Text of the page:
JUNE 2009

The Consumer Price Index for the Midwest rose for the sixth consecutive month, increasing 1.1 percent in June, the U.S. Department of Labor’s Bureau of Labor Statistics reported today. According to Regional Commissioner Jay A. Mousa, rising energy costs, driven by higher prices for motor fuel, accounted for nearly all of the upward movement in the index. Despite the recent monthly increases, the all items index declined 1.7 percent since June 2008—its seventh consecutive over-the-year decrease.

Energy prices, which include prices for motor fuel and household fuels, were 11.8 percent higher over the month, but 26.0 percent lower than in June 2008. The special aggregate index for all items less energy was unchanged over the month and up 1.8 percent over the year. Excluding the impact of food and energy prices, the Midwest CPI registered little movement over the month, but was 1.6 percent higher than one year ago.

Among the eight major expenditure categories, transportation accounted for about 60 percent of the monthly movement and had the greatest impact on the June 2009 Midwest CPI. Prices rose 4.7 percent, the largest one-month advance since monthly publication began in 1987. Motor fuel prices have increased each month in 2009 and jumped 17.4 percent in June, the largest one-month increase since September 2001. Despite the recent increases, prices for motor fuel were 32.7 percent lower than one year ago. Among the other components of the transportation index, prices for new vehicles rose 0.5 percent in June after declining for two consecutive months, and used cars and trucks’ prices advanced 1.3 percent. Prices for new vehicles were little changed from one year ago while prices for used cars and trucks were down 9.3 percent. Overall, the transportation index fell 12.9 percent since June 2008.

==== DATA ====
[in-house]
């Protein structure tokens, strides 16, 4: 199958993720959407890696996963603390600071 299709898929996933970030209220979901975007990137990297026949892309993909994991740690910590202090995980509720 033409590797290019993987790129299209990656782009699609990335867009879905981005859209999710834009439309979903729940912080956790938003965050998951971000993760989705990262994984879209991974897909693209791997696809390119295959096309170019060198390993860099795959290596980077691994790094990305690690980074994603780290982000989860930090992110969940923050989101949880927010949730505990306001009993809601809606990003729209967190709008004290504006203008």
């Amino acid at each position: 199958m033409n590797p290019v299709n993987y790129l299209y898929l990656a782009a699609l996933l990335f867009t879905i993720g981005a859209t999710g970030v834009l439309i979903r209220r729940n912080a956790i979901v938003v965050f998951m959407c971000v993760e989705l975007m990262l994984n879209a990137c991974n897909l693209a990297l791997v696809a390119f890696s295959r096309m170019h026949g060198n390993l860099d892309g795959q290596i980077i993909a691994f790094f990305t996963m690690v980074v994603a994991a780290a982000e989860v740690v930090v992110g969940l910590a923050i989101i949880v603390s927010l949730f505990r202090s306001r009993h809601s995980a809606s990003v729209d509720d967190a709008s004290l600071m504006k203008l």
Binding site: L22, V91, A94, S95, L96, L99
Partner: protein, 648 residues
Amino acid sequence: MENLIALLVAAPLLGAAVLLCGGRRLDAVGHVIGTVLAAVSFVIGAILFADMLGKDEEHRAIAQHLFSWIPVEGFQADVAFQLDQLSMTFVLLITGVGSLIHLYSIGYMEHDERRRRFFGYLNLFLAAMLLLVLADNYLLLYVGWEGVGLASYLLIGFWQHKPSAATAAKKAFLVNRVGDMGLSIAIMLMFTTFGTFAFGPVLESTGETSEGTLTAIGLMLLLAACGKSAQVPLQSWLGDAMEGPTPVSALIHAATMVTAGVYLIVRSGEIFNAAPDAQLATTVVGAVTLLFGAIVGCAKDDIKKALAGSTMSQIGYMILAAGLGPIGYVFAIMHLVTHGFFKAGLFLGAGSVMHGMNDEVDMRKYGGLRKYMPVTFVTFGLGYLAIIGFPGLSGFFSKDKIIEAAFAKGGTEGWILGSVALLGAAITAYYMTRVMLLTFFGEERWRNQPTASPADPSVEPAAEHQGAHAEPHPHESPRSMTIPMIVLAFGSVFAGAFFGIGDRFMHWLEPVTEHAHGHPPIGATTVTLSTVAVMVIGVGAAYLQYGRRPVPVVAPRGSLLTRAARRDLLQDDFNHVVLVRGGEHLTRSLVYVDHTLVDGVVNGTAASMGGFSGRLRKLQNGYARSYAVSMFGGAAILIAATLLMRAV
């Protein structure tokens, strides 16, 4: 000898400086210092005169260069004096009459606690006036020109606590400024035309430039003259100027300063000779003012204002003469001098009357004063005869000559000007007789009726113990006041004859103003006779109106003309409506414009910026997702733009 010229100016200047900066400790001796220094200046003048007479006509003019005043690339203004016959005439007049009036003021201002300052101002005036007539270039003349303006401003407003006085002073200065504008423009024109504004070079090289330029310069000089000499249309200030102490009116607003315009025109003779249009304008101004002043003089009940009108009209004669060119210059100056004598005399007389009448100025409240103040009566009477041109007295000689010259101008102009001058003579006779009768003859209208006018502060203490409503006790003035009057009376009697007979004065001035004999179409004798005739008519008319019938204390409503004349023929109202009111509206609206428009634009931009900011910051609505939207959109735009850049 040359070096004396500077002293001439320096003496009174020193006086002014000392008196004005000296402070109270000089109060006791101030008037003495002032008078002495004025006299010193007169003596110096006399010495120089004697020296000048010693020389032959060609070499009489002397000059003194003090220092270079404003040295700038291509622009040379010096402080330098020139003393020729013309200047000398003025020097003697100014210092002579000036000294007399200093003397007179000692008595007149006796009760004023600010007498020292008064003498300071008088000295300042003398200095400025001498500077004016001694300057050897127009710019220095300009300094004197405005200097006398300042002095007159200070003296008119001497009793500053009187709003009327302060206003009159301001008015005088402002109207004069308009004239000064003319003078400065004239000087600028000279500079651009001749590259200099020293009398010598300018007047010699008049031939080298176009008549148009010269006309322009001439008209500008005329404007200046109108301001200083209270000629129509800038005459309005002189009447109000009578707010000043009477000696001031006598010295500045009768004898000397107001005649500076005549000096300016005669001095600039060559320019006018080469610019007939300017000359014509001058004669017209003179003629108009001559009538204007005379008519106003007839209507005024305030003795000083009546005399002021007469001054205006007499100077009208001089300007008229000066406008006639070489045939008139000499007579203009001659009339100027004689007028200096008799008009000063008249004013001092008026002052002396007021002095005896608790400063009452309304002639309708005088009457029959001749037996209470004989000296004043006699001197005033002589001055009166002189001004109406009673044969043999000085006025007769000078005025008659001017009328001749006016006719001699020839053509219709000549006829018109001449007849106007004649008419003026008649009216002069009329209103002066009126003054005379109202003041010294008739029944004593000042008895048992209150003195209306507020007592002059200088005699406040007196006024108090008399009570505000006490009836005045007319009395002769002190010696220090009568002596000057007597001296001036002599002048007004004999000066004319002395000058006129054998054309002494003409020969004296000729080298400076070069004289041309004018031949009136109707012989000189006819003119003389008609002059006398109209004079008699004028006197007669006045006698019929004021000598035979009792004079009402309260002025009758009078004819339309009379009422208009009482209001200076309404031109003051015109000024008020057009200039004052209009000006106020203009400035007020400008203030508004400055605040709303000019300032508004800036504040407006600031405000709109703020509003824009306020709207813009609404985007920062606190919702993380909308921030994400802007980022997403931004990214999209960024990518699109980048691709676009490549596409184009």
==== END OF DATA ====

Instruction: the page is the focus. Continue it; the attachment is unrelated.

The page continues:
The housing index was the second largest contributor to the upward movement of the June all items index, accounting for approximately 30 percent of the movement. Reflecting rising costs for household fuels, the housing index increased 1.0 percent over the month. The household energy index advanced 6.2 percent as electricity prices rose 8.8 percent and utility (piped) gas service costs increased 1.1 percent. Electricity prices typically rise in June, reflecting a shift to seasonal rate schedules. The 1.1 percent upturn in utility (piped) gas service costs followed ten consecutive months of declining prices. Shelter costs increased 0.4 percent while prices for household furnishings and operations were unchanged over the month. Despite the over-the-month advance, housing costs were down 1.4 percent from June 2008, largely attributable to a 16.6 percent decline in prices for household energy. From June 2008 to June 2009, utility (piped) gas service costs fell 39.8 percent, the largest over-the-year decline since publication began in 1978, and more than offset a 3.8-percent increase in prices for electricity. Over the year, costs for shelter rose 0.7 percent and prices for household furnishings and operations were 2.0 percent higher.

Partially offsetting the upward movement in the transportation and housing indexes, the apparel index declined in June 2009 and was responsible for around 8 percent of the movement in the all items index. Apparel prices typically decline in June as retailers continue to discount summer merchandise. Prices were down 2.7 percent over the month, but were still 2.1 percent higher than in June 2008.

The remaining five major expenditure categories—medical care, other goods and services, food and beverages, education and communication, and recreation—each changed by 0.2 percent or less and had little impact on the June 2009 Midwest CPI, together accounting for about 3.0 percent of the movement in the overall index. Over the year, all five of these major expenditure categories registered price increases. From June 2008 to June 2009, costs for medical care rose 4.0 percent, other goods and services, 7.6 percent, and food and beverages, 2.6 percent. Prices for education and communication advanced 2.7 percent and recreation costs increased 1.3 percent over the year.

The Midwest Consumer Price Index for All Urban Consumers (CPI-U) stood at 205.350 in June 2009. A typical market basket of goods and services that cost $100.00 in the 1982-84 base period cost $205.35 in June 2009. Because regional CPI data are not adjusted for seasonal price variation, consumers and businesses should be cautious in drawing conclusions about long-term retail price trends from short-term changes in the regional indexes.